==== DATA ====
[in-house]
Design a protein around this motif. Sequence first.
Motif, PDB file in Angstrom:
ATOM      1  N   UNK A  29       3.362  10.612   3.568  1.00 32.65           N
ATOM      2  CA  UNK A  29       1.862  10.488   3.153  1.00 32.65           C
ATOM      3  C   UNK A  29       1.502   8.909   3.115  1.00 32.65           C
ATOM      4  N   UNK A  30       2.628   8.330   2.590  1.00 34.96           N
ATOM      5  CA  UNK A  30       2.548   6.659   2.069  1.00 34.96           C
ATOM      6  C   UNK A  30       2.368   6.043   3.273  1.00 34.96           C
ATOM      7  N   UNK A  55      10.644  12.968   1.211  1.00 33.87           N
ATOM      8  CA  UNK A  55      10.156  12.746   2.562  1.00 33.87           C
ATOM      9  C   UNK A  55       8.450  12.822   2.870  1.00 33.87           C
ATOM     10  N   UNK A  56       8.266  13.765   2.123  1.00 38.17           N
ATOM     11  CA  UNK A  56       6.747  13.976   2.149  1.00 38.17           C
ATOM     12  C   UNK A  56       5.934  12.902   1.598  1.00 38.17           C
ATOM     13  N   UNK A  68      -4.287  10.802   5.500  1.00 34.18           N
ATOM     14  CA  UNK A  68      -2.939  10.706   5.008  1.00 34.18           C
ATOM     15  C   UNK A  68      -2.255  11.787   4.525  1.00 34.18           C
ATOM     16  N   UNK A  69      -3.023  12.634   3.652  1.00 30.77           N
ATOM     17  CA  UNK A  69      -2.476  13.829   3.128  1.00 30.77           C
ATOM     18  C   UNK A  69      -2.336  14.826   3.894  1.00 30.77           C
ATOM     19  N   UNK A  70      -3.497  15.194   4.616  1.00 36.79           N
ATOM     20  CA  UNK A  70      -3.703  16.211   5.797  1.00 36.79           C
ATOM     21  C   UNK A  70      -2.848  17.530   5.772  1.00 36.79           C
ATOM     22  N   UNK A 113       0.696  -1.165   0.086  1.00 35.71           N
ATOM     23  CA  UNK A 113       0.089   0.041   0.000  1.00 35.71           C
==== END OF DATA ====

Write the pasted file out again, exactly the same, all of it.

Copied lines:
[in-house]
Design a protein around this motif. Sequence first.
Motif, PDB file in Angstrom:
ATOM      1  N   UNK A  29       3.362  10.612   3.568  1.00 32.65           N
ATOM      2  CA  UNK A  29       1.862  10.488   3.153  1.00 32.65           C
ATOM      3  C   UNK A  29       1.502   8.909   3.115  1.00 32.65           C
ATOM      4  N   UNK A  30       2.628   8.330   2.590  1.00 34.96           N
ATOM      5  CA  UNK A  30       2.548   6.659   2.069  1.00 34.96           C
ATOM      6  C   UNK A  30       2.368   6.043   3.273  1.00 34.96           C
ATOM      7  N   UNK A  55      10.644  12.968   1.211  1.00 33.87           N
ATOM      8  CA  UNK A  55      10.156  12.746   2.562  1.00 33.87           C
ATOM      9  C   UNK A  55       8.450  12.822   2.870  1.00 33.87           C
ATOM     10  N   UNK A  56       8.266  13.765   2.123  1.00 38.17           N
ATOM     11  CA  UNK A  56       6.747  13.976   2.149  1.00 38.17           C
ATOM     12  C   UNK A  56       5.934  12.902   1.598  1.00 38.17           C
ATOM     13  N   UNK A  68      -4.287  10.802   5.500  1.00 34.18           N
ATOM     14  CA  UNK A  68      -2.939  10.706   5.008  1.00 34.18           C
ATOM     15  C   UNK A  68      -2.255  11.787   4.525  1.00 34.18           C
ATOM     16  N   UNK A  69      -3.023  12.634   3.652  1.00 30.77           N
ATOM     17  CA  UNK A  69      -2.476  13.829   3.128  1.00 30.77           C
ATOM     18  C   UNK A  69      -2.336  14.826   3.894  1.00 30.77           C
ATOM     19  N   UNK A  70      -3.497  15.194   4.616  1.00 36.79           N
ATOM     20  CA  UNK A  70      -3.703  16.211   5.797  1.00 36.79           C
ATOM     21  C   UNK A  70      -2.848  17.530   5.772  1.00 36.79           C
ATOM     22  N   UNK A 113       0.696  -1.165   0.086  1.00 35.71           N
ATOM     23  CA  UNK A 113       0.089   0.041   0.000  1.00 35.71           C